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Google workers walk off job amid sexual harassment cases

By Nicholas Sakelaris and Danielle Haynes
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People exit the Google office on 8th Ave. and hold a rally in 14th Street Park on Thursday in New York City. Photo by John Angelillo/UPI | <a href="/News_Photos/lp/eb9fd762196ba3202d8bc33ebb3fc6a5/" target="_blank">License Photo</a>
People exit the Google office on 8th Ave. and hold a rally in 14th Street Park on Thursday in New York City. Photo by John Angelillo/UPI | License Photo

Nov. 1 (UPI) -- Hundreds of Google employees across the globe walked off the job Thursday to protest the tech giant's handling of sexual harassment cases involving executives.

The event occurred one day after Rich DeVaul, an executive with Google parent company Alphabet, resigned amid sexual harassment accusations.

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The walkouts started in Asia, spreading across the globe with planned protests expected to start at 11:10 a.m. in each time zone. Workers posted photos on social media along with the hashtag #GoogleWalkout in cities including Singapore; Hyderabad, India; Berlin; Dublin; Zurich; London; and New York.

Thursday's walkout calls for several changes -- an end to forced arbitration in cases of harassment and discrimination, pay and opportunity equality, and a clear process for reporting sexual misconduct. Protesters also want the company's chief diversity officer to answer directly to the CEO and an employee representative to be placed on Google's board.

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"We're walking out in support of those who've been harassed anywhere in the workplace, and to ensure that perpetrators are not rewarded and are not protected," Sam Dutton, a developer advocate at Google in London, told CNN.

Employees who walked out planned leave a flyer at their desks that reads, "I'm not at my desk because I'm walking out in solidarity with other Googlers and contractors to protest sexual harassment, misconduct, lack of transparency and a workplace culture that's not working for everyone. I'll be back at my desk later."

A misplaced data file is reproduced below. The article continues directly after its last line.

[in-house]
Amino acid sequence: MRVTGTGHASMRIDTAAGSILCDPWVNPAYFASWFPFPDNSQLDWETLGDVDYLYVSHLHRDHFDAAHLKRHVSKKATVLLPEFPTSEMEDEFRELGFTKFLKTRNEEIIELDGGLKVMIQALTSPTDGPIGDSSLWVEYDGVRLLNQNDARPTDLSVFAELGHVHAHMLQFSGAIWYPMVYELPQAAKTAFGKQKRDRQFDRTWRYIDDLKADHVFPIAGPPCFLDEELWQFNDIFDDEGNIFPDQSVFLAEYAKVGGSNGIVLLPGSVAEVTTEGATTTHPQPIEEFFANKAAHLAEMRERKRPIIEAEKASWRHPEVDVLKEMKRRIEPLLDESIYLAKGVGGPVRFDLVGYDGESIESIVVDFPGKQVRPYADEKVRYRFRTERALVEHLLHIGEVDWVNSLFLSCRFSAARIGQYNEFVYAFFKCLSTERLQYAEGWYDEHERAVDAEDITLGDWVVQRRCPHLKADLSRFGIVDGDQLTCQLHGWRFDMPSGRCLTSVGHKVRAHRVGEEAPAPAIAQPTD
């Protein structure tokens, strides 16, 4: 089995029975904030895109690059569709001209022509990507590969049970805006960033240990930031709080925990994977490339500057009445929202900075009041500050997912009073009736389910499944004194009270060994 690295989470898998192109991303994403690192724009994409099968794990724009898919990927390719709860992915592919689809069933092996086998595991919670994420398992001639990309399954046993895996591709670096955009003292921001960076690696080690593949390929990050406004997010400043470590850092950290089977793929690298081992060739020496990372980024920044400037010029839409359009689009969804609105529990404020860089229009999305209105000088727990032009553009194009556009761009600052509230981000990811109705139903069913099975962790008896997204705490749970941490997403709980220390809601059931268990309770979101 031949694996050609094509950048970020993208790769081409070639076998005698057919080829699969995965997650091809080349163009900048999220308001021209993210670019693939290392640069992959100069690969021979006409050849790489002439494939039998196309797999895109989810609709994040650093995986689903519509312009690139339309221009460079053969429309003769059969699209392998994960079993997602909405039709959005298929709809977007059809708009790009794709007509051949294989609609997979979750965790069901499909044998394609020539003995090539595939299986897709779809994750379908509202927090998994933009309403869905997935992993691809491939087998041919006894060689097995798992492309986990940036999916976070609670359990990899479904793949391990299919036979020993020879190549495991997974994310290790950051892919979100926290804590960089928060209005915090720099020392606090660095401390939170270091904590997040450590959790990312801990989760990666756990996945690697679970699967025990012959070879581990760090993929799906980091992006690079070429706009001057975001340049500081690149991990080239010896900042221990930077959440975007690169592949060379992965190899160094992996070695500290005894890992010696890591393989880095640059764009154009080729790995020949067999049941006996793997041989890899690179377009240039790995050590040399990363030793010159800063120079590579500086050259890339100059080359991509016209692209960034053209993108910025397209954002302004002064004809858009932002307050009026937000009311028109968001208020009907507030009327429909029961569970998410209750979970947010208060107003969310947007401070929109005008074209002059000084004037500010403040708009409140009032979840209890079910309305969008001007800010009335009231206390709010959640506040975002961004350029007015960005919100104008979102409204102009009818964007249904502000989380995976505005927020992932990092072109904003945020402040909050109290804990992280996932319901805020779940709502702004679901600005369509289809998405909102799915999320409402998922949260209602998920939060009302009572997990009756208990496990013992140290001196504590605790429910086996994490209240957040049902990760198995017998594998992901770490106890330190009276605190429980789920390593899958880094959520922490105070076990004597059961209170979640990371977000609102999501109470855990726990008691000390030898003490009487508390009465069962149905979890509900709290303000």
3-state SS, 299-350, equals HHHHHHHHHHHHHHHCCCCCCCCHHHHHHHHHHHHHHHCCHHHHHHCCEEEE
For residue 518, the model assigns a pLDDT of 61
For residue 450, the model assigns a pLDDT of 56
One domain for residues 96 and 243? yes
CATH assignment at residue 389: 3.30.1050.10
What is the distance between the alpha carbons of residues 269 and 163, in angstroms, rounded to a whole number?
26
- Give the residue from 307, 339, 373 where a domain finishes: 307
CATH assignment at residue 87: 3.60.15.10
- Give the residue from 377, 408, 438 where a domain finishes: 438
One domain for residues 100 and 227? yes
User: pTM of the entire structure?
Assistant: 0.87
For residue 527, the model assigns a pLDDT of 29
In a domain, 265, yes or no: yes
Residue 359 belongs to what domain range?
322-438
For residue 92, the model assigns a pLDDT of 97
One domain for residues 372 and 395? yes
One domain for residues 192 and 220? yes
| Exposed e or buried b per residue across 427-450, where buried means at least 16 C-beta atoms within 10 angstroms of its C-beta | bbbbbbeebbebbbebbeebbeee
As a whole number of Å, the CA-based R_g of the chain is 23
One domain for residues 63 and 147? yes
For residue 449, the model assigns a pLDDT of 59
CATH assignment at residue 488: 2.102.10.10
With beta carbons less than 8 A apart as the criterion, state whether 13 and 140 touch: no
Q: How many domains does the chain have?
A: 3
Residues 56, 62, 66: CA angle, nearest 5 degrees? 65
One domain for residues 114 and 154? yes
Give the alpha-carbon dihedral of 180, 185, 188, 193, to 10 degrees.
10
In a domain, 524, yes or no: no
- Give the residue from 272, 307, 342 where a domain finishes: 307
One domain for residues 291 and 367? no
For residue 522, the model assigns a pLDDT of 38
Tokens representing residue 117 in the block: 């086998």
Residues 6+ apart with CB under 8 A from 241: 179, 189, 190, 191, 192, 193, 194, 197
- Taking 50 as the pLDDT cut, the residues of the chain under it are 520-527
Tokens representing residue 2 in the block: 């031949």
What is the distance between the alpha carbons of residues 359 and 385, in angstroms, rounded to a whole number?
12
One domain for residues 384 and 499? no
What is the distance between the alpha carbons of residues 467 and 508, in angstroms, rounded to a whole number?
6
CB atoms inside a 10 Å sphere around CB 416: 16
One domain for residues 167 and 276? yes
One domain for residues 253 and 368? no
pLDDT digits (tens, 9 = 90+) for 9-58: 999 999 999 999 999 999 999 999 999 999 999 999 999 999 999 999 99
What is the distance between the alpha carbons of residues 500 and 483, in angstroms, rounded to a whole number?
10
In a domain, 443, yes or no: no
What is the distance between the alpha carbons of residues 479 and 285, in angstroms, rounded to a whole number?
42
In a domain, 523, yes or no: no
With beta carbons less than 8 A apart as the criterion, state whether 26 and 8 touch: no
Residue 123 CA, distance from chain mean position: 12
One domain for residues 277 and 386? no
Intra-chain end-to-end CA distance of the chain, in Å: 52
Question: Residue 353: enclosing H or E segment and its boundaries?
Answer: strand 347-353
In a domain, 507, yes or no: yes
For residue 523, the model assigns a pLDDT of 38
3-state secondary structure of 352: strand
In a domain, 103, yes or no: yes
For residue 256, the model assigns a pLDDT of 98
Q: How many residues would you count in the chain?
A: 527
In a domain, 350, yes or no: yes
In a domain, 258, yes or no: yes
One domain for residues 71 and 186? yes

CEO Sundar Pichai said the company was aware of the planned protests and said employees would "have the support they need if they wish to participate."

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"Employees have raised constructive ideas for how we can improve our policies and our processes," he said. "We are taking in all their feedback so we can turn these ideas into action."

DeVaul's departure followed revelations this week by The New York Times that Andy Rubin, creator of the Android software, received a $90 million severance package when he resigned in 2014 amid accusations he coerced a female co-worker into sex.

Google was not required to pay the money to Rubin, who's denied the accusations, and has declined to comment on the matter.

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The treatment of female employees at Google was a contentious issue before the recent headlines. Female employees have said, among other complaints, that they are underpaid compared to male counterparts.

"We don't want to feel we're unequal or not respected anymore," said Claire Stapleton, a product marketing manager at Google-owned YouTube. "Google's famous for its culture. But in reality we're not even meeting the basics of respect, justice and fairness for every single person here."

Other recent misconduct cases involving Google executives added fuel to the protest. The company gave former senior vice president Amit Singhal an exit package worth millions when he was forced to leave. DeVaul was initially allowed to keep his job, but resigned when the Times article was published.

Pichai and Vice President Eileen Naughton said the company fired 48 people for sexual harassment in the past two years without giving severance packages. Of those, 13 were senior managers or other high-level figures.

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